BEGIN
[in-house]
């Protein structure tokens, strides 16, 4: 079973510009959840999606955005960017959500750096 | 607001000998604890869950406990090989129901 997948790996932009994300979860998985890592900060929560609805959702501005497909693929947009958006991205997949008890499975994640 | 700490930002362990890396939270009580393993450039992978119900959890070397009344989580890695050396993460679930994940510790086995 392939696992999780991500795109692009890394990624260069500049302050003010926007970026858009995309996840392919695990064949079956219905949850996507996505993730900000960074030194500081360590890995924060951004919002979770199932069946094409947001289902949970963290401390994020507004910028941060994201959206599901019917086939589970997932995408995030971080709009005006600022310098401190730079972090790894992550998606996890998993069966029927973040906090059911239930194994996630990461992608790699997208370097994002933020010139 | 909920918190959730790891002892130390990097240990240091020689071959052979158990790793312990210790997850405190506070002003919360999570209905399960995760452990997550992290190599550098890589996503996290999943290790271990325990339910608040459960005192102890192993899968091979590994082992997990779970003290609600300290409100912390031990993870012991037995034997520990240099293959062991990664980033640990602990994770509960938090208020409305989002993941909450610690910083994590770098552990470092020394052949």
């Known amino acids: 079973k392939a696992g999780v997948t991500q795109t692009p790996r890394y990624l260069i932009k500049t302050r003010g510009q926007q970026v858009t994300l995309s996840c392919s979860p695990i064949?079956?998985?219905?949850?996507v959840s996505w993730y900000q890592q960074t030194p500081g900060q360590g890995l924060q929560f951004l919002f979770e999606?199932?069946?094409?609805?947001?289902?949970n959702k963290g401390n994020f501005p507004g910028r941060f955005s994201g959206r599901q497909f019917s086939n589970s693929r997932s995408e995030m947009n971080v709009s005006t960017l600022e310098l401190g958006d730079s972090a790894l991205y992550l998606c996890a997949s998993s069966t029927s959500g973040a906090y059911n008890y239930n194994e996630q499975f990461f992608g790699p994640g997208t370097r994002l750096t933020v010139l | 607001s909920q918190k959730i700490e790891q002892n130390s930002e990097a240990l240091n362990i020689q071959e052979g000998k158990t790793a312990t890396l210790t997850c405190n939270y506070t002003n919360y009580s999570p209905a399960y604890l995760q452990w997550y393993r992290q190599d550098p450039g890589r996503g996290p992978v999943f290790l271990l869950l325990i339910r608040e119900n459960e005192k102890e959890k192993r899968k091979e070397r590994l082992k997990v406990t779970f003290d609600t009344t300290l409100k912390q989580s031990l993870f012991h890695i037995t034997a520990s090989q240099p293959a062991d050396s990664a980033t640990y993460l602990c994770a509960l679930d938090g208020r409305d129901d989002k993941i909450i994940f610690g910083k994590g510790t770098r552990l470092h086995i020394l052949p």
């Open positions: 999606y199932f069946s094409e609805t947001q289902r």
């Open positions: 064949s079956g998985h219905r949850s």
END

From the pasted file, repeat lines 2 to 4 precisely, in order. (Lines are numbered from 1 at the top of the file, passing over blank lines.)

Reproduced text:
């Protein structure tokens, strides 16, 4: 079973510009959840999606955005960017959500750096 | 607001000998604890869950406990090989129901 997948790996932009994300979860998985890592900060929560609805959702501005497909693929947009958006991205997949008890499975994640 | 700490930002362990890396939270009580393993450039992978119900959890070397009344989580890695050396993460679930994940510790086995 392939696992999780991500795109692009890394990624260069500049302050003010926007970026858009995309996840392919695990064949079956219905949850996507996505993730900000960074030194500081360590890995924060951004919002979770199932069946094409947001289902949970963290401390994020507004910028941060994201959206599901019917086939589970997932995408995030971080709009005006600022310098401190730079972090790894992550998606996890998993069966029927973040906090059911239930194994996630990461992608790699997208370097994002933020010139 | 909920918190959730790891002892130390990097240990240091020689071959052979158990790793312990210790997850405190506070002003919360999570209905399960995760452990997550992290190599550098890589996503996290999943290790271990325990339910608040459960005192102890192993899968091979590994082992997990779970003290609600300290409100912390031990993870012991037995034997520990240099293959062991990664980033640990602990994770509960938090208020409305989002993941909450610690910083994590770098552990470092020394052949």
């Known amino acids: 079973k392939a696992g999780v997948t991500q795109t692009p790996r890394y990624l260069i932009k500049t302050r003010g510009q926007q970026v858009t994300l995309s996840c392919s979860p695990i064949?079956?998985?219905?949850?996507v959840s996505w993730y900000q890592q960074t030194p500081g900060q360590g890995l924060q929560f951004l919002f979770e999606?199932?069946?094409?609805?947001?289902?949970n959702k963290g401390n994020f501005p507004g910028r941060f955005s994201g959206r599901q497909f019917s086939n589970s693929r997932s995408e995030m947009n971080v709009s005006t960017l600022e310098l401190g958006d730079s972090a790894l991205y992550l998606c996890a997949s998993s069966t029927s959500g973040a906090y059911n008890y239930n194994e996630q499975f990461f992608g790699p994640g997208t370097r994002l750096t933020v010139l | 607001s909920q918190k959730i700490e790891q002892n130390s930002e990097a240990l240091n362990i020689q071959e052979g000998k158990t790793a312990t890396l210790t997850c405190n939270y506070t002003n919360y009580s999570p209905a399960y604890l995760q452990w997550y393993r992290q190599d550098p450039g890589r996503g996290p992978v999943f290790l271990l869950l325990i339910r608040e119900n459960e005192k102890e959890k192993r899968k091979e070397r590994l082992k997990v406990t779970f003290d609600t009344t300290l409100k912390q989580s031990l993870f012991h890695i037995t034997a520990s090989q240099p293959a062991d050396s990664a980033t640990y993460l602990c994770a509960l679930d938090g208020r409305d129901d989002k993941i909450i994940f610690g910083k994590g510790t770098r552990l470092h086995i020394l052949p």
């Open positions: 999606y199932f069946s094409e609805t947001q289902r």